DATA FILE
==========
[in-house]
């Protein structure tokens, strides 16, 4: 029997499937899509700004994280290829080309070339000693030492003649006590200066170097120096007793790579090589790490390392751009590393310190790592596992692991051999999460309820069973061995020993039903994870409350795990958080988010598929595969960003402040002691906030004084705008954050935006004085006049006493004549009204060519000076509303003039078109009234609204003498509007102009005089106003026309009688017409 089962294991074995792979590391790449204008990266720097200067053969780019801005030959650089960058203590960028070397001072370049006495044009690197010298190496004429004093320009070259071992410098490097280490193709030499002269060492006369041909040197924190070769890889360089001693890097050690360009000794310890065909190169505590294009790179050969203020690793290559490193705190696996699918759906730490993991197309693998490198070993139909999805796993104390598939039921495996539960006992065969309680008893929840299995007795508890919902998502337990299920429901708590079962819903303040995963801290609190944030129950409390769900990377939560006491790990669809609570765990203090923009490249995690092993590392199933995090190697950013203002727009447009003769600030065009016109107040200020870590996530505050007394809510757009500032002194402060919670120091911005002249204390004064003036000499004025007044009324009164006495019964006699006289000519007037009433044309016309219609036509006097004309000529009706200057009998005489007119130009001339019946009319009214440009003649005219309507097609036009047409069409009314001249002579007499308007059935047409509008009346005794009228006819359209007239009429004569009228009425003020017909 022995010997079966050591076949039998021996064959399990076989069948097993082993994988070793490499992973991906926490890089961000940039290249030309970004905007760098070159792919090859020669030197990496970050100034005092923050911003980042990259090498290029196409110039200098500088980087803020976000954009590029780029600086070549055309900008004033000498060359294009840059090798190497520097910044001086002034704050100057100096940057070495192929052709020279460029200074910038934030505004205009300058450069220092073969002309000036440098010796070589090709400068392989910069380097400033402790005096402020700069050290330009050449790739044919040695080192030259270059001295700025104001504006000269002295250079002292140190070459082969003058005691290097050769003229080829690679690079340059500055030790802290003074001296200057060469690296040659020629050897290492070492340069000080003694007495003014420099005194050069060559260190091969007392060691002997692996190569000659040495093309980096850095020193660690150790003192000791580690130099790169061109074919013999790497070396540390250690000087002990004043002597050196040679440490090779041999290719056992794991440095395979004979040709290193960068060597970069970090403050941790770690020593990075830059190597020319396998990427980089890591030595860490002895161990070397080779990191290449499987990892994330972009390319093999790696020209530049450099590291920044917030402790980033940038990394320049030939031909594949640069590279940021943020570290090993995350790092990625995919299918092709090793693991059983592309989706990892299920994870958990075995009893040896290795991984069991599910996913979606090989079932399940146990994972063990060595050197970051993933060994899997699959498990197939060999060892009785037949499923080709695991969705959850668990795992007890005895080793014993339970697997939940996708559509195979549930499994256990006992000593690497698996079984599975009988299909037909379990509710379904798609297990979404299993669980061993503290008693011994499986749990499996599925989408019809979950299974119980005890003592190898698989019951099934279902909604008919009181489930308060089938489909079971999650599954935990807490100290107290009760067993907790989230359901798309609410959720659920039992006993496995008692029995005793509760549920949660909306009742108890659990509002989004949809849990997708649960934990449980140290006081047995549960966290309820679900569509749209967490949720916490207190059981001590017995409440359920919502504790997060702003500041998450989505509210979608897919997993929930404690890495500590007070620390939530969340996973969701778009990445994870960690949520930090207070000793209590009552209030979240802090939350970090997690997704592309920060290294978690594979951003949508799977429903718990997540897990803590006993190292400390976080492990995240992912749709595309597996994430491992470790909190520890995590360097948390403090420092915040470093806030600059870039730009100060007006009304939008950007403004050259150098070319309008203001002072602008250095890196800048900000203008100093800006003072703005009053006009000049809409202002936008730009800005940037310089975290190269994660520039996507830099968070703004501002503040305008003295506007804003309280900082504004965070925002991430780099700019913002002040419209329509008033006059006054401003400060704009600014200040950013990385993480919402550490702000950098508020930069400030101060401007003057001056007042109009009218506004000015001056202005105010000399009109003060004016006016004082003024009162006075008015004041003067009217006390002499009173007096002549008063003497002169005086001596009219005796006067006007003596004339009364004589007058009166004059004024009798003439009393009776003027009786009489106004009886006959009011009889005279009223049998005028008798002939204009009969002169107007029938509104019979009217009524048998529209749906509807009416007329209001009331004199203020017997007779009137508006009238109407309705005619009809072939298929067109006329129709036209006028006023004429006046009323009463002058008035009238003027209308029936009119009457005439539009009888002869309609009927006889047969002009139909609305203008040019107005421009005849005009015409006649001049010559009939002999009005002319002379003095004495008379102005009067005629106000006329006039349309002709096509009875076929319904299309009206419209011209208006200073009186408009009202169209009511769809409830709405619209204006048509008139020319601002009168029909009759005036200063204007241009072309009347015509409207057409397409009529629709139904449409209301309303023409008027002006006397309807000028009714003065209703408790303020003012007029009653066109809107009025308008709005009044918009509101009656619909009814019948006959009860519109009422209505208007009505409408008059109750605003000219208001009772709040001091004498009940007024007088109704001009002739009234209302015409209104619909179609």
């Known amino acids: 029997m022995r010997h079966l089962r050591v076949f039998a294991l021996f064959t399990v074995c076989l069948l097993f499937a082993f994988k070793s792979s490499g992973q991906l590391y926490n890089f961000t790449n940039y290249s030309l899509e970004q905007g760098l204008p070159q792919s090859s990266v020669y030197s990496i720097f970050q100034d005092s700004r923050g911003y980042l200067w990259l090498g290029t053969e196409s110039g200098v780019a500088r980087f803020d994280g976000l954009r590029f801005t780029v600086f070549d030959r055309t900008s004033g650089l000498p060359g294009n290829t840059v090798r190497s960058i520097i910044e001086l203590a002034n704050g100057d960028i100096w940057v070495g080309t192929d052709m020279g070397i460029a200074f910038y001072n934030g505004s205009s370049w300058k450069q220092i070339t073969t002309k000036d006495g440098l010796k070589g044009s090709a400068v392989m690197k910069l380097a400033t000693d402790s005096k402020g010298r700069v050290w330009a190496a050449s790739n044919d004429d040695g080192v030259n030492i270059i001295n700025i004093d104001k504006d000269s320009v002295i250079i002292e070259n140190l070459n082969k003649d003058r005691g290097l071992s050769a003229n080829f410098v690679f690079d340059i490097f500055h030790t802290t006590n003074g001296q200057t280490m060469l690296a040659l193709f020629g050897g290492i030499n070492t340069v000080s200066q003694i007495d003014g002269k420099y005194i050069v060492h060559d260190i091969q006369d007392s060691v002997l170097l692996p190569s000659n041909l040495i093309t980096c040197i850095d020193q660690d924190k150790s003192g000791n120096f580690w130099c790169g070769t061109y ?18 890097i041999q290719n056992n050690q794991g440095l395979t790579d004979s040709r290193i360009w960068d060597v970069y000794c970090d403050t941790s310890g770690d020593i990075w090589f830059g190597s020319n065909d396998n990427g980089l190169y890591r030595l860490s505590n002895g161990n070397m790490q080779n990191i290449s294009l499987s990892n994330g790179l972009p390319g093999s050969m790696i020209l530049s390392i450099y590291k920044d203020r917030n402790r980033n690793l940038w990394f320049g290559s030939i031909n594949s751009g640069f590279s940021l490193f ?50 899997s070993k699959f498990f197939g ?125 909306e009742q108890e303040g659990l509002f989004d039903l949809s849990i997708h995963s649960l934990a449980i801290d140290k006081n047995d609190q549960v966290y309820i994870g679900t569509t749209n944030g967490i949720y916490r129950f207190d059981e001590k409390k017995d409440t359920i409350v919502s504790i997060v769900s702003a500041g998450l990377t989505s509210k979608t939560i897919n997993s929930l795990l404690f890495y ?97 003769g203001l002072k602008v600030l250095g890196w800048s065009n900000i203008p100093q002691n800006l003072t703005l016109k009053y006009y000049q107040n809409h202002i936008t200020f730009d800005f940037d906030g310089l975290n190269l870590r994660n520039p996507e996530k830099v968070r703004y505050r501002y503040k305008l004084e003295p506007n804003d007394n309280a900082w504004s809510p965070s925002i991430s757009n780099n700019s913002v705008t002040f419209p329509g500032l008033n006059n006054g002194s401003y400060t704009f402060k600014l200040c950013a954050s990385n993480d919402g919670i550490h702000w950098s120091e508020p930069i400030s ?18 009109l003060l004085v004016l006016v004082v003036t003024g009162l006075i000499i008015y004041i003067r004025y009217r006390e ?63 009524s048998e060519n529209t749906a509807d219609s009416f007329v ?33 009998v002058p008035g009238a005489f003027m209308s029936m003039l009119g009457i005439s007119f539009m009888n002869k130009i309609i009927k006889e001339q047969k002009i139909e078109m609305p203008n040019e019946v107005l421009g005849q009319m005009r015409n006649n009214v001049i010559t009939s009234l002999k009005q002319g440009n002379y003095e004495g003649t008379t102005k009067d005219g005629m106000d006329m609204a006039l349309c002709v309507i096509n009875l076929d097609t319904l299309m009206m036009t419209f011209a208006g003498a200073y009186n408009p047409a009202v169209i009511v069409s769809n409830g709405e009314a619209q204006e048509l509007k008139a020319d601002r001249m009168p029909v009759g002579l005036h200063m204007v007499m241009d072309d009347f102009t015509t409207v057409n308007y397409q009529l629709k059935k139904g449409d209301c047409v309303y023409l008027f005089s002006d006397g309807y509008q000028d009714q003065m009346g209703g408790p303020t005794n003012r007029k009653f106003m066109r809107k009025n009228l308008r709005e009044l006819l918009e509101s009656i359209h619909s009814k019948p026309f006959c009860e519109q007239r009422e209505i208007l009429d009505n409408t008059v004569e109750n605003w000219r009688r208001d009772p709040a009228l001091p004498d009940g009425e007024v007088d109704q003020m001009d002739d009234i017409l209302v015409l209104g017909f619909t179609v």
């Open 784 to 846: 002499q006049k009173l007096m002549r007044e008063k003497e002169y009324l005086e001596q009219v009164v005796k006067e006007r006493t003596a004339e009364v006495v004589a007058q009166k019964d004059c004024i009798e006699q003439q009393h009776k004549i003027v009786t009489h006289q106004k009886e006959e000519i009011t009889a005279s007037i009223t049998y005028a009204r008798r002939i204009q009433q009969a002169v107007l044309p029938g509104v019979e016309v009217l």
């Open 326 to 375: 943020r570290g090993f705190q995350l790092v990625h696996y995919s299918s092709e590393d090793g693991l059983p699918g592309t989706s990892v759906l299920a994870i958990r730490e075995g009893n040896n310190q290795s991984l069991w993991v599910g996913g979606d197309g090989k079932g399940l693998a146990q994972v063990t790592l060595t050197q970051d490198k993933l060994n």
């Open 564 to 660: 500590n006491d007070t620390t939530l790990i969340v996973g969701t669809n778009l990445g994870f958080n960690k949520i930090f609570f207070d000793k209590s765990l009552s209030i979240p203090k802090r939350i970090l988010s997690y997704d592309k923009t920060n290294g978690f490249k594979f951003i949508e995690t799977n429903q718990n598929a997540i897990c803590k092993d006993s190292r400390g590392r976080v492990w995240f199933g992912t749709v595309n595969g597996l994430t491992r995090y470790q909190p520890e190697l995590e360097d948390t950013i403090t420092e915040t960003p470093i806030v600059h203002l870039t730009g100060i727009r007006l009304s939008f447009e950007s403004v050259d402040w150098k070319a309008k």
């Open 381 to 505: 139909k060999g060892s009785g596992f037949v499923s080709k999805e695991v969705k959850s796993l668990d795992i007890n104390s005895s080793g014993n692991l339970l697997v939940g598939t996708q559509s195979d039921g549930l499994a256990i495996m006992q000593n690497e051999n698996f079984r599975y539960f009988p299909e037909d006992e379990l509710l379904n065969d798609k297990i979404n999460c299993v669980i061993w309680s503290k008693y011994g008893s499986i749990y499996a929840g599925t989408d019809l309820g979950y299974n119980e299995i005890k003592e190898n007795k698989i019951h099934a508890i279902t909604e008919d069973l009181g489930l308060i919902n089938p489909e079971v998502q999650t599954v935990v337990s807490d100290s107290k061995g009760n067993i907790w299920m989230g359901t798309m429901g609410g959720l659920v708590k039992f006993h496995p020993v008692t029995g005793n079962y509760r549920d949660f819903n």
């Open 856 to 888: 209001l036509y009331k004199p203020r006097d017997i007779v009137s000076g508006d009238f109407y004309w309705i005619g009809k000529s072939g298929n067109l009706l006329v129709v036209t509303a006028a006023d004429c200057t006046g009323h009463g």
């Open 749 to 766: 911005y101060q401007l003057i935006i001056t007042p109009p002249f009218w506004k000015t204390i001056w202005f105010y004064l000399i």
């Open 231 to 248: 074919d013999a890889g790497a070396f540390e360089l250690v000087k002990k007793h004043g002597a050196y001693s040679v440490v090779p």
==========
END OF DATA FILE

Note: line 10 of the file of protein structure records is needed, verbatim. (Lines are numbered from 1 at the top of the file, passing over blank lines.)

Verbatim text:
């Open 231 to 248: 074919d013999a890889g790497a070396f540390e360089l250690v000087k002990k007793h004043g002597a050196y001693s040679v440490v090779p």